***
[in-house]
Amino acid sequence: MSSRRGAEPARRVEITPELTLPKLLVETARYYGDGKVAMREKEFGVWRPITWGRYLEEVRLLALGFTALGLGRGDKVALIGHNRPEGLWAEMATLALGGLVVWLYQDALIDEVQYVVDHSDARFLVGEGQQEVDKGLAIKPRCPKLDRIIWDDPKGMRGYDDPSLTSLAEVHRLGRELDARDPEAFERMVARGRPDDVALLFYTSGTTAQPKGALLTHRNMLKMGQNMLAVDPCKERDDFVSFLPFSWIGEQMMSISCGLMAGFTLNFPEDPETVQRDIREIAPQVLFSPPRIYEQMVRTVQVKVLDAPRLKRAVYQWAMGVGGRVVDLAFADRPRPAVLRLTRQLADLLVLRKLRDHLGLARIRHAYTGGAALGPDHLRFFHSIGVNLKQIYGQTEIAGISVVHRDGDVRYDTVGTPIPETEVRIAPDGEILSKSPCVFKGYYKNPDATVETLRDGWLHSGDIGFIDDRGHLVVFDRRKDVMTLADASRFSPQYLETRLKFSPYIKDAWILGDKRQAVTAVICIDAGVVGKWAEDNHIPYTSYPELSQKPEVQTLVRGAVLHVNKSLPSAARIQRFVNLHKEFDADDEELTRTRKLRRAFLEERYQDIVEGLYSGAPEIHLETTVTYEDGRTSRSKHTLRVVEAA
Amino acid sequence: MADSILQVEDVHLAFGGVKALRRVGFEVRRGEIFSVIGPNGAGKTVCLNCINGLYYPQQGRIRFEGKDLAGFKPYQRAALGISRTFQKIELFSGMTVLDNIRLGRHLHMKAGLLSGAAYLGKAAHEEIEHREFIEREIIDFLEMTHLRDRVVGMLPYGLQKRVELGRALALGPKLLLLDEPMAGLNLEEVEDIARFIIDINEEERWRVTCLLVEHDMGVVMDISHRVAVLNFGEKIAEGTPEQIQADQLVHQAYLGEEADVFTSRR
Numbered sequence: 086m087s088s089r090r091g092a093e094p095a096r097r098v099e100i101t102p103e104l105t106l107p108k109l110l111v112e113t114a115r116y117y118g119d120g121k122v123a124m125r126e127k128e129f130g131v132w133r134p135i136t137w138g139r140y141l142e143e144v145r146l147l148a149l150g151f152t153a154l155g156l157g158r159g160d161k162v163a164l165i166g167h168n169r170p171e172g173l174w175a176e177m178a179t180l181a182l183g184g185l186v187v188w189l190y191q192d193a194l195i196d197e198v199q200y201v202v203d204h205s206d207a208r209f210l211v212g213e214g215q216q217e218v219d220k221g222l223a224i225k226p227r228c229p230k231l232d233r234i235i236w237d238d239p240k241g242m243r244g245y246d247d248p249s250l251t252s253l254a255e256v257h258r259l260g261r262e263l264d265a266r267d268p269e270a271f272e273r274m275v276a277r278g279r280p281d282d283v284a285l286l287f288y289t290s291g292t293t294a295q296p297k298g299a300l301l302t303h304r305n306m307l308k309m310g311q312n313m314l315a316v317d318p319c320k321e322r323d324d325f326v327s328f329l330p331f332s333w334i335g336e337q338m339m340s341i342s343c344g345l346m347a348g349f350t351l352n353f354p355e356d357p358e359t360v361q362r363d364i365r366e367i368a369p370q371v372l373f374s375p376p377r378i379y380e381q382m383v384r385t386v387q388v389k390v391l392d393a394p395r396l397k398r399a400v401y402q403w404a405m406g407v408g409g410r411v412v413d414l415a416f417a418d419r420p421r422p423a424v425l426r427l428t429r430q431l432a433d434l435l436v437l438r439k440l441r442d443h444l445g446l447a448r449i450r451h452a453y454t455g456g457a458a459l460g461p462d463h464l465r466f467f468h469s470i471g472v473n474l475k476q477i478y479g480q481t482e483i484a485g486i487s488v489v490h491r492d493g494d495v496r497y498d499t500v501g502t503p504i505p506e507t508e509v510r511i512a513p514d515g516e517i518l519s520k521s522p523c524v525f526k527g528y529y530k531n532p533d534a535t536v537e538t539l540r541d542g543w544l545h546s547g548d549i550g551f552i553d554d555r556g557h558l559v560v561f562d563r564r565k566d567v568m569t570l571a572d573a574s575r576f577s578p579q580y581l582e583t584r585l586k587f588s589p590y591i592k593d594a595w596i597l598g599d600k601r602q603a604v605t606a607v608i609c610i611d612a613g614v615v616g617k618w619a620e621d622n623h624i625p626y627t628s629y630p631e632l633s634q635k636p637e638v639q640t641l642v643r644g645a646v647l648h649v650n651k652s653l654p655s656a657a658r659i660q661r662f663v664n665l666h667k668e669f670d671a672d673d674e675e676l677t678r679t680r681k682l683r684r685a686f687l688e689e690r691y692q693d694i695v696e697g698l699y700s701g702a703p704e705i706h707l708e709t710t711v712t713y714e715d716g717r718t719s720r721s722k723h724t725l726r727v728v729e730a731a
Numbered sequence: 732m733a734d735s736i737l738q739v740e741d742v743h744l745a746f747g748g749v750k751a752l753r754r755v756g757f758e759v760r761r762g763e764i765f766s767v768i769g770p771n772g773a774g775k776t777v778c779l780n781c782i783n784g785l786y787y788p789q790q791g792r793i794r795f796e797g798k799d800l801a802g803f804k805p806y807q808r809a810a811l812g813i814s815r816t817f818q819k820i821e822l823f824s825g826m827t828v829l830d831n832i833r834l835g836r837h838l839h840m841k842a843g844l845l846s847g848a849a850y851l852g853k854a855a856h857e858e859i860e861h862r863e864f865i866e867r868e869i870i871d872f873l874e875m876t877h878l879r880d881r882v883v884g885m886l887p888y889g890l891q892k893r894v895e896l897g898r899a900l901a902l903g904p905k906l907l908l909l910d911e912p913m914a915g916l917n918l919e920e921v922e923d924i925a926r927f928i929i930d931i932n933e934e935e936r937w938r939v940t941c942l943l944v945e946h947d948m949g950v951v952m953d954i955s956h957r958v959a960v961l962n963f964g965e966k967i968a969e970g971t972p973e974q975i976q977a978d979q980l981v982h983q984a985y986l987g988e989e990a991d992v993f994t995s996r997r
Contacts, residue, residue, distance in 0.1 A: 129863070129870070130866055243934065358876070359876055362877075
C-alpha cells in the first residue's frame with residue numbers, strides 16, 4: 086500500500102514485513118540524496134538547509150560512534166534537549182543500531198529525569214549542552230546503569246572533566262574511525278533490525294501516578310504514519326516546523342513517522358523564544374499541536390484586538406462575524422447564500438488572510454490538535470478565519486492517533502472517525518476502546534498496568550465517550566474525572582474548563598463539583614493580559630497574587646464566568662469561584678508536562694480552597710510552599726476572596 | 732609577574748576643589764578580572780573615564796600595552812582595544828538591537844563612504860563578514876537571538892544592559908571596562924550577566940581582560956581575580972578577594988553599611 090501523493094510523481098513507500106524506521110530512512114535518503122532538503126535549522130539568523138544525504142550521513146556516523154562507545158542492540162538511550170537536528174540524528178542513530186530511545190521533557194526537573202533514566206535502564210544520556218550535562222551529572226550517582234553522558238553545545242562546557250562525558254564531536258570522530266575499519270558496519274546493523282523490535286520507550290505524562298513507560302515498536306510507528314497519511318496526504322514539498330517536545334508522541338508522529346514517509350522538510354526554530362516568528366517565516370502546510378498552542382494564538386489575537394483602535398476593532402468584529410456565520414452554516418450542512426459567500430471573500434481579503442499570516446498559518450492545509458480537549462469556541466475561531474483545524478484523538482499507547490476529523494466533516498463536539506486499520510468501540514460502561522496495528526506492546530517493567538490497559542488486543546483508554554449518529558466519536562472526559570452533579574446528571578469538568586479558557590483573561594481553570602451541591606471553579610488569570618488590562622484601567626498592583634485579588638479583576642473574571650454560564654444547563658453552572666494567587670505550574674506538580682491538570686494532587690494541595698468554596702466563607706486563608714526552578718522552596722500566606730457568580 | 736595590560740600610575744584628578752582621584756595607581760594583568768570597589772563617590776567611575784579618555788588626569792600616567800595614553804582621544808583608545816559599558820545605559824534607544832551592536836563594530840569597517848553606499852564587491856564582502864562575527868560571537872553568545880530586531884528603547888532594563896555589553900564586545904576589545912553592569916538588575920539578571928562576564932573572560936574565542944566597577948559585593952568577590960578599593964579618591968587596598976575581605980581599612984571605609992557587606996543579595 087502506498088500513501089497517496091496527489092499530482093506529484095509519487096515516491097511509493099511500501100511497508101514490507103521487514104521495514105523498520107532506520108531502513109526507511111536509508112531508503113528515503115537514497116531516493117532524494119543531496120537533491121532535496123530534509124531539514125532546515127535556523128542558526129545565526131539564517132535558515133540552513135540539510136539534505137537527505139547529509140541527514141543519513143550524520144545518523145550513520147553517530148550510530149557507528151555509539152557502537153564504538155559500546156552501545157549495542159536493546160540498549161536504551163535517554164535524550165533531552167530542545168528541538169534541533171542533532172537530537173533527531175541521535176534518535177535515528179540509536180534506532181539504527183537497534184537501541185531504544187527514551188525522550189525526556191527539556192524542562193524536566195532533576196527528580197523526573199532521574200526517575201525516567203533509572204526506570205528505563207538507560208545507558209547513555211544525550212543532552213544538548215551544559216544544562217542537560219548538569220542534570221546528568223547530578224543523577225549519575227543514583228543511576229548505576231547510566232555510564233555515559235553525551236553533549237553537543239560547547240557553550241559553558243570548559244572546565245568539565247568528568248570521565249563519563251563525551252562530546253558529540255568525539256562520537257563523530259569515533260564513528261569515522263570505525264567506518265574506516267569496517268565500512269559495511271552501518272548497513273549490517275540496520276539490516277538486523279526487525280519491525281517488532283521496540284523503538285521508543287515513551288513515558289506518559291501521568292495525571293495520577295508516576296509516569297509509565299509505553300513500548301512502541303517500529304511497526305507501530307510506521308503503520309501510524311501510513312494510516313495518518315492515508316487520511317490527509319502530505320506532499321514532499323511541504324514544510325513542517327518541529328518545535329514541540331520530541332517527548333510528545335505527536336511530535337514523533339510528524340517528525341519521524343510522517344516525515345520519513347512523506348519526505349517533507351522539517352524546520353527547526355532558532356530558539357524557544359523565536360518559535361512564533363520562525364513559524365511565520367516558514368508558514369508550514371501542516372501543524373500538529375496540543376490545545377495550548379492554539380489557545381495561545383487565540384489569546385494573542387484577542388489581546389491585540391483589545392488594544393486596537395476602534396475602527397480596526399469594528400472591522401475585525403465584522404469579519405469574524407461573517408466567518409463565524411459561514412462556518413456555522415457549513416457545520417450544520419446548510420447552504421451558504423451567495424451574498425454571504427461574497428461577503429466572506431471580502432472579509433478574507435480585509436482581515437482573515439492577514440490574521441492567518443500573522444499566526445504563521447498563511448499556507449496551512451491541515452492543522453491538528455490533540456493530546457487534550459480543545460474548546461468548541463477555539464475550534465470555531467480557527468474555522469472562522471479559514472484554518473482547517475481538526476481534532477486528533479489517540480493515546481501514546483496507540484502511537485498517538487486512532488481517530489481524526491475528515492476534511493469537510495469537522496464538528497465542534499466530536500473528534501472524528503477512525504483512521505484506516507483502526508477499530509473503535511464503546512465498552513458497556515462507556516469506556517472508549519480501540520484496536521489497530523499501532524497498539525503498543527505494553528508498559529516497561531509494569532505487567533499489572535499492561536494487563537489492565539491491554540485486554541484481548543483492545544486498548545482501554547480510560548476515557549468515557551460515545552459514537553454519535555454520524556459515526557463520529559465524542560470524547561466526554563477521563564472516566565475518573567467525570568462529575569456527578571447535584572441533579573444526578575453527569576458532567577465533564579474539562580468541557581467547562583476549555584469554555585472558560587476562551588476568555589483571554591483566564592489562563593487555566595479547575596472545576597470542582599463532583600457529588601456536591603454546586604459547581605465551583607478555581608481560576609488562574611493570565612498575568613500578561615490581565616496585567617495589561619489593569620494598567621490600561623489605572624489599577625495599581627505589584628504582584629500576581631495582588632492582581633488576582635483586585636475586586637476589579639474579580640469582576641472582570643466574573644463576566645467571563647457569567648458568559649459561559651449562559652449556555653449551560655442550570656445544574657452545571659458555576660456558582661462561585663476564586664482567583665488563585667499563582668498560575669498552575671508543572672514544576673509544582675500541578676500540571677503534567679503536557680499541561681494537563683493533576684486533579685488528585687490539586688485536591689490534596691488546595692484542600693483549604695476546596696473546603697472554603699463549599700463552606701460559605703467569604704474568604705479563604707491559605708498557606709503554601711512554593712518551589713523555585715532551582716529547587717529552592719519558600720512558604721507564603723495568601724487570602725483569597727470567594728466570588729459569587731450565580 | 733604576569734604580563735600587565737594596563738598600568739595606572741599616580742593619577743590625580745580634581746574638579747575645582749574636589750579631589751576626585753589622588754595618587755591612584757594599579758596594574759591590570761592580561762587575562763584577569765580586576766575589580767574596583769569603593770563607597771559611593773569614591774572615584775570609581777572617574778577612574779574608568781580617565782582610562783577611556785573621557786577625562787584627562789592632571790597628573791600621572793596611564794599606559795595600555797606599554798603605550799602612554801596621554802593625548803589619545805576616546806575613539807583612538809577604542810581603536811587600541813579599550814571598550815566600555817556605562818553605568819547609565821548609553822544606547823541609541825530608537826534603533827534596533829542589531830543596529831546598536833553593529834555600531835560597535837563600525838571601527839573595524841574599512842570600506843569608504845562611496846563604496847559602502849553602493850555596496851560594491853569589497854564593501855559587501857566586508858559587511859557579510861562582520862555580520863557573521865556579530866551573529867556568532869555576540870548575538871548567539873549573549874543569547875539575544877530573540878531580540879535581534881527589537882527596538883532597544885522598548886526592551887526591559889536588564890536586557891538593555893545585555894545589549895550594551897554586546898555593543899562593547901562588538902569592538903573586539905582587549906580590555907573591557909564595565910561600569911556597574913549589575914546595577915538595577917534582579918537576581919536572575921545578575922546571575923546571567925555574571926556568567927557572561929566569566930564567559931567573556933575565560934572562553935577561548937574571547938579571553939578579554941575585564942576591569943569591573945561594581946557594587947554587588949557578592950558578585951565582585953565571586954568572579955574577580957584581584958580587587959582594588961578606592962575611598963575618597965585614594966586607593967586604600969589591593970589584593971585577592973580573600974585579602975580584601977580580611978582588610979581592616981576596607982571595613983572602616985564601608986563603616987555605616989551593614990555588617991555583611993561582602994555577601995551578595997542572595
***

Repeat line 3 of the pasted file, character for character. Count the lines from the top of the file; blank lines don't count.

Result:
Amino acid sequence: MADSILQVEDVHLAFGGVKALRRVGFEVRRGEIFSVIGPNGAGKTVCLNCINGLYYPQQGRIRFEGKDLAGFKPYQRAALGISRTFQKIELFSGMTVLDNIRLGRHLHMKAGLLSGAAYLGKAAHEEIEHREFIEREIIDFLEMTHLRDRVVGMLPYGLQKRVELGRALALGPKLLLLDEPMAGLNLEEVEDIARFIIDINEEERWRVTCLLVEHDMGVVMDISHRVAVLNFGEKIAEGTPEQIQADQLVHQAYLGEEADVFTSRR